• 22. Continued… ◦ On clinical examination, patients with group A strep pharyngitis usually have • Pharyngeal and tonsillar erythema ( redness) • Tonsillar hypertrophy with or without exudates • Palatal petechiae (bruising on the roof of your mouth) • Anterior cervical lymphadenopathy 9/16/2023 22
  • 23. DIAGNOSIS & TESTING ◦ Laboratory studies that may be helpful include the following: a. Group A beta-hemolytic streptococcal rapid antigen detection test (preferred diagnostic method in emergency settings) b. Throat culture (criterion standard for diagnosis of GAS infection [90-99% sensitive]) c. Mono spot (up to 95% sensitive in children; less than 60% sensitive in infants) [The mononucleosis spot test looks for 2 hetero-antibodies in the blood. These antibodies appear during or after an infection with the virus that causes mononucleosis caused by Epstein-Barr virus.] d. Peripheral smear may show atypical lymphocytes in infectious mononucleosis. [A blood smear is a type of blood test. It looks at the appearance, number, and shape of your red and white blood cells and platelets.] e. Gonococcal culture if indicated by the history. [to detect Niserria gonorrhea] f. A complete blood count (CBC), erythrocyte sedimentation rate (ESR), and C-reactive protein have a low predictive value and usually are not indicated. 9/16/2023 23
  • 24. Continued… ◦ Imaging studies generally are not indicated for uncomplicated viral or streptococcal pharyngitis. However, the following may be considered: a. Lateral neck film in patients with suspected epiglottitis or airway compromise b. Soft-tissue neck CT if concern for abscess or deep-space infection exists ◦ A throat swab may also be done. 9/16/2023 24
  • 26. Continued… ◦ The modified Centor criteria may be used to determine the management of people with pharyngitis. Based on five clinical criteria, it indicates the probability of a streptococcal infection. ◦ One point is given for each of the criteria: 1. Absence of a cough 2. Swollen and tender cervical lymph nodes 3. Temperature more than 38.0 °C (100.4 °F) 4. Tonsillar exudate or swelling 5. Age less than 15 (a point is subtracted if age is more than 44) ◦ The Infectious Disease Society of America recommends against empirical treatment and considers antibiotics only appropriate following positive testing. Testing is not needed in children under three, as both group A strep and rheumatic fever are rare, except if they have a sibling with the disease. 9/16/2023 26
  • 27. TREATMENT i. Non-pharmacological Treatment  Rest  oral fluids  salt-water gargling (for soothing effect)  throat lozenges – lemon & ginger  wearing mask - to avoid exposure to pollution  avoid cold drinks & food  warm water with honey 9/16/2023 27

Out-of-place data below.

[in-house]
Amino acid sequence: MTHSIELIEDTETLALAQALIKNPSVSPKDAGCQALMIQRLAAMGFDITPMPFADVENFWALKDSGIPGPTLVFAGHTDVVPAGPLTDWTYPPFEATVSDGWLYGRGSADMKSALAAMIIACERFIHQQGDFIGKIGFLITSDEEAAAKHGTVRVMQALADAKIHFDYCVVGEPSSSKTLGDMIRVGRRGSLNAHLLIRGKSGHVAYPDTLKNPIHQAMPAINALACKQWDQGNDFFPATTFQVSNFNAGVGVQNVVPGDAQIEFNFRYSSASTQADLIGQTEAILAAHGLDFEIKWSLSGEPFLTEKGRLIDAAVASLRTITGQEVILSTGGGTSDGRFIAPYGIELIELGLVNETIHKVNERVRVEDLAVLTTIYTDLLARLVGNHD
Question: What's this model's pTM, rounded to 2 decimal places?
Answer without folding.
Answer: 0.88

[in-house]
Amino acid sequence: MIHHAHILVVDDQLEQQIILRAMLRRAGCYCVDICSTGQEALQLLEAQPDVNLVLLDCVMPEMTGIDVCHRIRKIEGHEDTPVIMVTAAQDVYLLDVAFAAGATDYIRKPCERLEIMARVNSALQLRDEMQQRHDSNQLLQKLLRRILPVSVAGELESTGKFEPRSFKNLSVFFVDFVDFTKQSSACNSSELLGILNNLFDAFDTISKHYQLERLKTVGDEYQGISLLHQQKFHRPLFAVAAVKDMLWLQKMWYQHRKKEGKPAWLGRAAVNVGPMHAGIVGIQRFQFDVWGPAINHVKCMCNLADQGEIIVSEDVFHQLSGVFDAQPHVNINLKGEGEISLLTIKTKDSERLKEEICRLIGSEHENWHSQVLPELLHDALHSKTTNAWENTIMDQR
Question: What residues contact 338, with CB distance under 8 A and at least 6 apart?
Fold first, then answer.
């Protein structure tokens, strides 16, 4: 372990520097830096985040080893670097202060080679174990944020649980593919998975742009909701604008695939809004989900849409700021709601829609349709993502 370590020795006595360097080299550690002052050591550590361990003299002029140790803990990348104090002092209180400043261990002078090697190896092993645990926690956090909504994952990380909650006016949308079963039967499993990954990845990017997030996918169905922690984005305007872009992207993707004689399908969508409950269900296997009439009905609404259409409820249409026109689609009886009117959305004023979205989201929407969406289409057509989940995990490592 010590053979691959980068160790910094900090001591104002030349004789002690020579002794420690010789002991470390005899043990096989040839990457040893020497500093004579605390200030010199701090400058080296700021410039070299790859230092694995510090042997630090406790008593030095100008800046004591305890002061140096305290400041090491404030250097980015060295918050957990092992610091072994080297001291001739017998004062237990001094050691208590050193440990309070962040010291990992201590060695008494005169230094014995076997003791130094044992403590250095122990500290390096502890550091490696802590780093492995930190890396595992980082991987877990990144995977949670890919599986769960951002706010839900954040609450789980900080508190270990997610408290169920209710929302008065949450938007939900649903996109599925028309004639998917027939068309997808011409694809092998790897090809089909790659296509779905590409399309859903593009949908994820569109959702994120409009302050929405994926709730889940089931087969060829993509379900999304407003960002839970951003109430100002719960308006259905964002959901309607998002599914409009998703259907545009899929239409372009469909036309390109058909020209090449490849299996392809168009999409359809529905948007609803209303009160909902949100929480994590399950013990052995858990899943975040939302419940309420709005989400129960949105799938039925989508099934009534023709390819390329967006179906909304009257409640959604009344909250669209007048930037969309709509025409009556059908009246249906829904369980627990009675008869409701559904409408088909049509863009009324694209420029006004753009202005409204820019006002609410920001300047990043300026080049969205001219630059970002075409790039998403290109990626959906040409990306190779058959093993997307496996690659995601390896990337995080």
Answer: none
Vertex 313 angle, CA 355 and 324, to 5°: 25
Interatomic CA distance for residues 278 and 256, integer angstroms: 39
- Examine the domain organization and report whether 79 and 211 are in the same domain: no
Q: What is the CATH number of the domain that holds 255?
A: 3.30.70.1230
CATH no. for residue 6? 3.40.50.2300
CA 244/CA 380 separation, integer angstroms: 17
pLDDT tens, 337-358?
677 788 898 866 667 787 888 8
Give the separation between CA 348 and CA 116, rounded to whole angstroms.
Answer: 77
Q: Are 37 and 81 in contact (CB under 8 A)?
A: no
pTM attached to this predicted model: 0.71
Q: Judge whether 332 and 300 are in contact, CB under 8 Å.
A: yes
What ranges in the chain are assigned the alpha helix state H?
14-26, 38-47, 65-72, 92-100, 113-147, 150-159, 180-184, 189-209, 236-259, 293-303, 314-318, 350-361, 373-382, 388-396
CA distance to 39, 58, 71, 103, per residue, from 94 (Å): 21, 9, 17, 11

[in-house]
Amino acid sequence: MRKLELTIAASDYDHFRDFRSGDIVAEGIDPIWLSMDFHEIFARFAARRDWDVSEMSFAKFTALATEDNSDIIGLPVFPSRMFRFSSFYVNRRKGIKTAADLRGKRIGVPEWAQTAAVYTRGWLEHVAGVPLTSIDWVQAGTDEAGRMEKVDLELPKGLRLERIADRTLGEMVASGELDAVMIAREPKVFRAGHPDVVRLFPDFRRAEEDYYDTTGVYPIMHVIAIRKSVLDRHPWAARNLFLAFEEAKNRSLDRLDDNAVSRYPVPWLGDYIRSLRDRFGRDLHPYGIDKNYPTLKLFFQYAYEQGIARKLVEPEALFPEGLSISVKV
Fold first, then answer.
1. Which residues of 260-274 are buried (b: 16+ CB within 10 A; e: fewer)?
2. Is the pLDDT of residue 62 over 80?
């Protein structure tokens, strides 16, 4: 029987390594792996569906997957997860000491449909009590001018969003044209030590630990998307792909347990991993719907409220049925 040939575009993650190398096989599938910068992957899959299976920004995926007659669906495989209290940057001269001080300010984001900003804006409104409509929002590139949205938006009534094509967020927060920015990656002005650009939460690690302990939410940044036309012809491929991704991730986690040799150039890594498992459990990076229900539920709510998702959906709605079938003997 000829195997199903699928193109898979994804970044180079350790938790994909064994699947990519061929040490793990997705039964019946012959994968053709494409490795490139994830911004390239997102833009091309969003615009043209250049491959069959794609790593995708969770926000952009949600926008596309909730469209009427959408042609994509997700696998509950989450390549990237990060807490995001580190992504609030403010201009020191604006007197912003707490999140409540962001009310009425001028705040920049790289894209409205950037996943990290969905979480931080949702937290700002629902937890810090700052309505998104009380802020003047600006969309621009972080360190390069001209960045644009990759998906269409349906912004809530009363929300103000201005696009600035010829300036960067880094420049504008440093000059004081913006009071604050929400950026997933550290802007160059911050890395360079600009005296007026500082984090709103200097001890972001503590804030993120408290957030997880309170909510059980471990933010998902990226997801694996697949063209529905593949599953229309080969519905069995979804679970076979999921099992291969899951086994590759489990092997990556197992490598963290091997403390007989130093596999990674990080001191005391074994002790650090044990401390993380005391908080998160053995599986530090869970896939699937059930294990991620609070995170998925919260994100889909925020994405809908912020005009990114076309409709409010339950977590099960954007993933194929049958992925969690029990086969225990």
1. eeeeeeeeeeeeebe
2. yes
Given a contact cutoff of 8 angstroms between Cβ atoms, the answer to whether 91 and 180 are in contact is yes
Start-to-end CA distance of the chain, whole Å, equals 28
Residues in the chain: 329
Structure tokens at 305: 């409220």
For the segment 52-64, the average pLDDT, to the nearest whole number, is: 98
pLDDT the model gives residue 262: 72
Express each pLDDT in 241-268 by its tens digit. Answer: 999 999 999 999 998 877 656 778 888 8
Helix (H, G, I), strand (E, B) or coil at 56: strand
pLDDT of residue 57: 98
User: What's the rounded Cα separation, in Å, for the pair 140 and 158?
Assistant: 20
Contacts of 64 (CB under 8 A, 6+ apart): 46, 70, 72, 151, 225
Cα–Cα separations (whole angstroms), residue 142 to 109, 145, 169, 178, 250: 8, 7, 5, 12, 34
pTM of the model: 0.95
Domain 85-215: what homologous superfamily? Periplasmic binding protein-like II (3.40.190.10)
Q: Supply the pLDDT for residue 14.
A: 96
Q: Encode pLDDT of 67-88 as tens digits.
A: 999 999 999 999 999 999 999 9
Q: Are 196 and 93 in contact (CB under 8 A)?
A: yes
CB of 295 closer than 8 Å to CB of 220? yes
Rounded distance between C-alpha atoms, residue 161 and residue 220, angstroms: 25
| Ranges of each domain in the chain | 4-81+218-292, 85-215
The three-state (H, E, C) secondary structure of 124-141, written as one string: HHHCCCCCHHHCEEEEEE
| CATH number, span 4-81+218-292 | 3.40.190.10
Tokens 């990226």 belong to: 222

• 28. Continued… i. Pharmacological Treatment ◦ The use of a recommended antibiotic regimen to treat group A strep pharyngitis: o Shortens the duration of symptoms o Reduces the likelihood of transmission to family members, classmates, and other close contacts o Prevents the development of complications, including acute rheumatic fever ◦ Analgesics and antipyretics may be used for relief of pain or pyrexia. Acetaminophen is the drug of choice. ◦ Lozenges can be used for soothing sore throat or cough. 9/16/2023 28
  • 29. Table: Antibiotic regimens recommended for group A streptococcal pharyngitis 9/16/2023 29
  • 30. COMPLICATIONS ◦ Complications of bacterial pharyngitis include: i. Epiglottitis ( inflammation of epiglottis ) ii. Otitis media (an infection of the middle ear that causes inflammation; redness and swelling and a build-up of fluid behind the eardrum) iii. Mastoiditis (an infection of the mastoid bone of the skull.) iv. Sinusitis [ Sinus infections happen when fluid builds up in the air-filled pockets in the face (sinuses) ] v. Acute rheumatic fever (a condition that can inflame or make the heart, joints, brain, and skin swell.) vi. Post-streptococcal glomerulonephritis (a bacterial infection that causes rapid deterioration of the kidney function due to an inflammatory response after streptococcal infection.) vii. Toxic shock syndrome (a rare but life-threatening condition caused by bacteria getting into the body and releasing harmful toxins.) 9/16/2023 30
  • 31. PROGNOSIS ◦ In general, the prognosis for pharyngitis is good as both viral and bacterial infections are typically self-limited to 5 to 7 days. ◦ In developing countries, over 20 million individuals are affected by group A streptococci and develop acute rheumatic fever. This disorder is the leading cause of death in young people. Mortality from pharyngitis is rare but does occur if the airway is compromised. ◦ Most cases of pharyngitis resolve within 7 to 10 days. Treatment failures are usually due to antibiotic resistance, poor compliance, and untreated close contacts. 9/16/2023 31
  • 33. REFERENCES ◦ Pharyngitis: Practice Essentials, Background, Pathophysiology (medscape.com) ◦ Common types of pharyngitis | Vinmec ◦ https://www.sciencedirect.com/topics/immunology-and-microbiology/pharyngitis ◦ Pharyngitis - StatPearls - NCBI Bookshelf (nih.gov) ◦ Sore throat - Symptoms and causes - Mayo Clinic ◦ https://www.cdc.gov/groupastrep/diseases-hcp/strep-throat ◦ Acute Pharyngitis (slideshare.net) ◦ https://www.researchgate.net ◦ pharyngitis- OM VERMA.pdf (slideshare.net) ◦ Bacterial Pharyngitis - StatPearls - NCBI Bookshelf (nih.gov) ◦ https://emedicine.medscape.com/article/225362 ◦ https://www.google.com.pk (all images and tables) 9/16/2023 33